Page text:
There’s a thing about living in France that always amazes some outward suburban zone of my American brain: I go into the store, I get checked out by the cashier, I pull out my credit card, I put it in the little credit card machine, and a word appears on the screen: Patientez.
Be patient. In the United States, when dealing with machines, the signs and recordings are rarely rooted in such a quasi-moral, such a Ciceronian admonition. Rather, they tell you that they are busy processing your information. Or maybe they tell you that all operators are busy and please wait on the line until the next operator is available. But to be asked to wait is a moral degree away from being asked to be patient. Waiting, after all, can be done impatiently – it is all physics, it is all being a body in a place in time. Patience, however, is being a certain kind of subject, having a certain kind of attitude.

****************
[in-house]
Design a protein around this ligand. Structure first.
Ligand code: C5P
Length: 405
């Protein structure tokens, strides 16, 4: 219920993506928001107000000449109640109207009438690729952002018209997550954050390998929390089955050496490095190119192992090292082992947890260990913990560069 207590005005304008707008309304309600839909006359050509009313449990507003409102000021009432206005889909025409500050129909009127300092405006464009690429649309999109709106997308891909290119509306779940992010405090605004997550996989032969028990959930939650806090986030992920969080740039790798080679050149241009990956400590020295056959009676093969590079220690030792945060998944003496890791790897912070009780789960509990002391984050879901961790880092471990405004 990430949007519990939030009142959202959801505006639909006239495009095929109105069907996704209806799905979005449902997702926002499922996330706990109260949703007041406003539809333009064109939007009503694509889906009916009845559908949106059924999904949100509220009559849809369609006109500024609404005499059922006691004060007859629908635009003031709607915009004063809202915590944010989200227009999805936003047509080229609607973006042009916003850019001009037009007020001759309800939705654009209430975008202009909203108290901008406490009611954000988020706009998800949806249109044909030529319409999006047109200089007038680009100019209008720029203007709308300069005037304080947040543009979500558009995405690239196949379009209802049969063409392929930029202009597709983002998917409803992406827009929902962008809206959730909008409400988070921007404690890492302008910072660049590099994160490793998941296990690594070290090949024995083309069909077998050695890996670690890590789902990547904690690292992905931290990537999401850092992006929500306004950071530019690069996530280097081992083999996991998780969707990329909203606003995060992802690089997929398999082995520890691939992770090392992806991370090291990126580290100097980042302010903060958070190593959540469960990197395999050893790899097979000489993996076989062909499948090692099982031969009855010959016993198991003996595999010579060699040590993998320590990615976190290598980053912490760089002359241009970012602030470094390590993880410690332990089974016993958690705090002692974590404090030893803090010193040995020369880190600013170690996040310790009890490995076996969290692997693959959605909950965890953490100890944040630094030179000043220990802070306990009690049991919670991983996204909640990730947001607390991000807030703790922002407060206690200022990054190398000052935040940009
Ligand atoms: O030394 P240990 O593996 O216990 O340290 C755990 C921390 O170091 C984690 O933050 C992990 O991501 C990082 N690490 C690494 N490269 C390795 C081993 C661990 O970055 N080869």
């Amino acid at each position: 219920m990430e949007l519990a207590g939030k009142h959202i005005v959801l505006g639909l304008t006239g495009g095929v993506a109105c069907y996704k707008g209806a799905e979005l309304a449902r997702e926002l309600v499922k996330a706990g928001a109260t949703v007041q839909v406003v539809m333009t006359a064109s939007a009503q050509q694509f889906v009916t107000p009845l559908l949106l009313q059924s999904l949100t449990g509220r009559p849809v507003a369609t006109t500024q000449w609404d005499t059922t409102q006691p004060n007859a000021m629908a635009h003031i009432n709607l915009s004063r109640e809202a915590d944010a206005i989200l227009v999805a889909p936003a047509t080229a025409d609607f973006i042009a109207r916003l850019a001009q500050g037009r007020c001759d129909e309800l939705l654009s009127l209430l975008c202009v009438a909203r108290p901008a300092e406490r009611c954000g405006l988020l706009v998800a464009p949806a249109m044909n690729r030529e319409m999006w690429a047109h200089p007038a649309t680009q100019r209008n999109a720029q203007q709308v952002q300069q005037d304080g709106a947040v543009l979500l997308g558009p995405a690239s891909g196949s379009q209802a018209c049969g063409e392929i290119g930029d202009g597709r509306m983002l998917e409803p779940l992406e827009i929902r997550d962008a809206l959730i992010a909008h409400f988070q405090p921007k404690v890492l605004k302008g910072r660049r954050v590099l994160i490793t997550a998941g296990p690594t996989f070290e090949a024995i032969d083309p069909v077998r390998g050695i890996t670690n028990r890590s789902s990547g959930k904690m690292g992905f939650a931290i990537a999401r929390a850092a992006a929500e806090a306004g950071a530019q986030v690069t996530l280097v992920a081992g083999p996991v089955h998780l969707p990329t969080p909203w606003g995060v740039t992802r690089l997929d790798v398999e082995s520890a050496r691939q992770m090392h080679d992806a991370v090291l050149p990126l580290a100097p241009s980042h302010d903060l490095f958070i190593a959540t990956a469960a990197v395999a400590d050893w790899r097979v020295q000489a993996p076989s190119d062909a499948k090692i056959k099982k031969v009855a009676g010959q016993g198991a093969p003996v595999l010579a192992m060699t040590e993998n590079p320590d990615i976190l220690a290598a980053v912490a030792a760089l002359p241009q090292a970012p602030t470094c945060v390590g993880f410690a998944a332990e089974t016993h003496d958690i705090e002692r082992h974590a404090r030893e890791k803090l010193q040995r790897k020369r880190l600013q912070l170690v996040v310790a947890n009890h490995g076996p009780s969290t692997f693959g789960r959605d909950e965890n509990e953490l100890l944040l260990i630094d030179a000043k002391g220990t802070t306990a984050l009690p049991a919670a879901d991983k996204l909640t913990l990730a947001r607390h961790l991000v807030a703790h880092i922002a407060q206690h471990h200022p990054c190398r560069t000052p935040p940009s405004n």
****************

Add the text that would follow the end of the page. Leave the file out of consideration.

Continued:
I’ve long had a Barthesian revery that if I could just understand the “patientez” sign, I would grasp some larger mythological characteristic of France. See the rest here.